Ross: Making the shoplifters pay
The negotiations over a federal recovery plan are stuck in the same old molasses debates about who should be taxed, how we can use tax breaks to solve climate change – et cetera.
Arguments that just circle the drain.
But I think there is something everybody can agree on, and it’s right there in a Forbes headline from last week: “Richest 5% Of Americans ‘Choose Not To Pay’ $307 Billion In Taxes Each Year, Treasury Reports.”
It points out that because the IRS has been systematically defunded over the years, $307 billion legally owed to the treasury by the top 5% goes uncollected. And it predicts that going forward, total tax evasion over the next 10 years will hit $7 TRILLION.
This is not money owed by you and me, people whose income is reported to the government on W-2’s. We PAY our taxes because there’s no way to hide our income.
This is about people who have many ways to hide their income – partnerships, proprietorships, unreported rent receipts. And they know the IRS doesn’t have the staff to collect.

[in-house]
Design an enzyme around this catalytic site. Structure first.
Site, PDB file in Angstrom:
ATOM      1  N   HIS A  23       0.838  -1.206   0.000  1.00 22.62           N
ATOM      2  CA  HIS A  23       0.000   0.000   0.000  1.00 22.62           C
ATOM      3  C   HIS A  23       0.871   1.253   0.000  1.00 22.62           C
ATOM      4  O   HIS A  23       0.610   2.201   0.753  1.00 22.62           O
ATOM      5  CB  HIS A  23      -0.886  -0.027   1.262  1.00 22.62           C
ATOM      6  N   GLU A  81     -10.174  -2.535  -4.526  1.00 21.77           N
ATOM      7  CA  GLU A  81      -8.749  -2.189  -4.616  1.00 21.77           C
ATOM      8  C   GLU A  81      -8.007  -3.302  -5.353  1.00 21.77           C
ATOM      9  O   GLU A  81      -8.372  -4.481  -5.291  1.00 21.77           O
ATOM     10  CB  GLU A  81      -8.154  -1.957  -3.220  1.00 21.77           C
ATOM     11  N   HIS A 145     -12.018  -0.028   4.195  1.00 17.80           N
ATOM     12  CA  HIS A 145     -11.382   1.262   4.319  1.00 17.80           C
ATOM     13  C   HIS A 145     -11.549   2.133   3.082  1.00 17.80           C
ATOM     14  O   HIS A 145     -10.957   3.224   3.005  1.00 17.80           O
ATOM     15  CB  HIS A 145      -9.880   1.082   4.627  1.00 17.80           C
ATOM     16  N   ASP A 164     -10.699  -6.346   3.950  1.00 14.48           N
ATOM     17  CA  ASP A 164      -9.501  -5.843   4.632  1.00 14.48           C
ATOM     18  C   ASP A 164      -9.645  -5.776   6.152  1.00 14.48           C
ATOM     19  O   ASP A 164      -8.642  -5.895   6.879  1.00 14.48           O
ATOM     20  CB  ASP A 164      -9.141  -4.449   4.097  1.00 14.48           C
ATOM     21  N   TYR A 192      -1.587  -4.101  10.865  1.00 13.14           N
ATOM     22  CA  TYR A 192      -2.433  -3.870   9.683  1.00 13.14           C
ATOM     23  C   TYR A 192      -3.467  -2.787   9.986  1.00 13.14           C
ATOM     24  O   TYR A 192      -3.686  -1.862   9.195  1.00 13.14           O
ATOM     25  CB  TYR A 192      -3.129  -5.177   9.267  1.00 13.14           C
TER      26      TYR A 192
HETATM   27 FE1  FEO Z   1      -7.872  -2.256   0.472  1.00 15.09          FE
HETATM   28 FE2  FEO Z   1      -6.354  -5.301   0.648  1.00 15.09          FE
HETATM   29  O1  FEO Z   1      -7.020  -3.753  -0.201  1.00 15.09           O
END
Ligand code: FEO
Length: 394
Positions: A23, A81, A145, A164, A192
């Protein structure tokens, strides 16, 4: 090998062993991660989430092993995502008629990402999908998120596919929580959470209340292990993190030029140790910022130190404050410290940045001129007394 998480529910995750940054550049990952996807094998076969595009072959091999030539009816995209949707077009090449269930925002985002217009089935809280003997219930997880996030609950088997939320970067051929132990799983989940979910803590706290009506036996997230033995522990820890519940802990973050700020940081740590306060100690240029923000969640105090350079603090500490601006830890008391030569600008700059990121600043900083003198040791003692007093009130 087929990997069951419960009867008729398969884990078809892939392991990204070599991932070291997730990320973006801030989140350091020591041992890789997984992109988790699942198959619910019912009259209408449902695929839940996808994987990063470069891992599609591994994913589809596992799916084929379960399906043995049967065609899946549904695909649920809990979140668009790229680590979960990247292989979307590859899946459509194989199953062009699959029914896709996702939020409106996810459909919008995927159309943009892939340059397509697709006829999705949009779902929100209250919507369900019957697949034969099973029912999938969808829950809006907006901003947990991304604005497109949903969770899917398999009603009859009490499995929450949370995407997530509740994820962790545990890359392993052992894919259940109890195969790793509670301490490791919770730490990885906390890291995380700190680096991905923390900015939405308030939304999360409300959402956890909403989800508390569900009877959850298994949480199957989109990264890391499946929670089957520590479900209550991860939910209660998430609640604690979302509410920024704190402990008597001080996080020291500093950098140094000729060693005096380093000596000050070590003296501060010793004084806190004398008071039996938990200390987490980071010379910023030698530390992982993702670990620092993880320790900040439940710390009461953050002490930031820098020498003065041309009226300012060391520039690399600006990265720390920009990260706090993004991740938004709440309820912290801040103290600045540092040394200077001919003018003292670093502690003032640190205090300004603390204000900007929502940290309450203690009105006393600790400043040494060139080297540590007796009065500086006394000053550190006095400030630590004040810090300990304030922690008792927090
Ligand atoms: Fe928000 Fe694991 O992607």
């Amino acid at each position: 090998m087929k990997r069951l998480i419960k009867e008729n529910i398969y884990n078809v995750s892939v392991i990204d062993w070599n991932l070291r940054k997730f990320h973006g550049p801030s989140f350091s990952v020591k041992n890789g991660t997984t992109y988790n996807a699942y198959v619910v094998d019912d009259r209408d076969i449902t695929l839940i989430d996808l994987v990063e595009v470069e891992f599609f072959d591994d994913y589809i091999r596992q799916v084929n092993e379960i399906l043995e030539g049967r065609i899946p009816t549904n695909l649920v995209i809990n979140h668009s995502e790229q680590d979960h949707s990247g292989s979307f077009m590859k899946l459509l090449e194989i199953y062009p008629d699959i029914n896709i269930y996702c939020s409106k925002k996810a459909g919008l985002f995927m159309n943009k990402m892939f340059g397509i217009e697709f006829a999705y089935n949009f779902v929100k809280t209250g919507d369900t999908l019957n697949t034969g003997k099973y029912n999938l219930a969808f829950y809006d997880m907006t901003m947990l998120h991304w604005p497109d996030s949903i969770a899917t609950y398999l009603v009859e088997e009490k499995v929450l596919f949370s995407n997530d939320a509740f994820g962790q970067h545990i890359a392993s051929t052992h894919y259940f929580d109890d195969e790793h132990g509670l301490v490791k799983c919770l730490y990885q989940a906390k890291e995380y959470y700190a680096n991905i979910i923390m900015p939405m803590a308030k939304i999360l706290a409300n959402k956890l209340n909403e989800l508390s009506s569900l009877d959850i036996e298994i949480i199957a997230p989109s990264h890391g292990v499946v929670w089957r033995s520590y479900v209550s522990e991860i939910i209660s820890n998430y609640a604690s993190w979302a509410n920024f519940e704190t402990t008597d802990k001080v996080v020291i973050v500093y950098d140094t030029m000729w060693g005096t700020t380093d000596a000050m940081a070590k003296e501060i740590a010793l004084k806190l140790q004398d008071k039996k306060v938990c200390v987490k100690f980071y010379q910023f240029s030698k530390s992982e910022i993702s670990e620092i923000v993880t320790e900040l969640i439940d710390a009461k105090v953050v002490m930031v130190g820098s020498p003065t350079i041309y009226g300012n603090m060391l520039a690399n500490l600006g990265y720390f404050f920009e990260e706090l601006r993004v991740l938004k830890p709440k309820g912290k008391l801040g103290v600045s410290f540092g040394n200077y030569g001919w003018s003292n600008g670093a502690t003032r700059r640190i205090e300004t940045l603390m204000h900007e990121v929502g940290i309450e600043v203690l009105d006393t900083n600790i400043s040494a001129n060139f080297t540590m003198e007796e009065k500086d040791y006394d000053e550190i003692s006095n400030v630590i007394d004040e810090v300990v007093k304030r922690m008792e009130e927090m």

They are no different than the shoplifting gangs who rip off the downtown stores – except they make off with way more than ink cartridges and Fitbits. They’re stealing highway projects, education money, police salaries. And it would be one thing if they all voluntarily got together and set up huge charitable highway-repair foundations, or guaranteed college tuition to every qualified student, or subsidized police training, but that hasn’t happened yet.
And remember – we’re not talking about changing the tax code, or raising rates, this is just about enforcing what’s already there.
You’d think both parties could at least get together on that, right? Imagine if Congress, speaking with one voice, tells the tax cheats: “Tax cheats, we’re going to give you a way out. We’re not going to change the tax laws, we’re not going to raise your taxes, but we ARE giving you 90 days to voluntarily pay what you owe under the current laws.”
Otherwise, we will unanimously vote to approve the treasury’s plan to spend $80 billion on IRS investigators to pat you down and find the stolen money before you sneak out of the store yet again.
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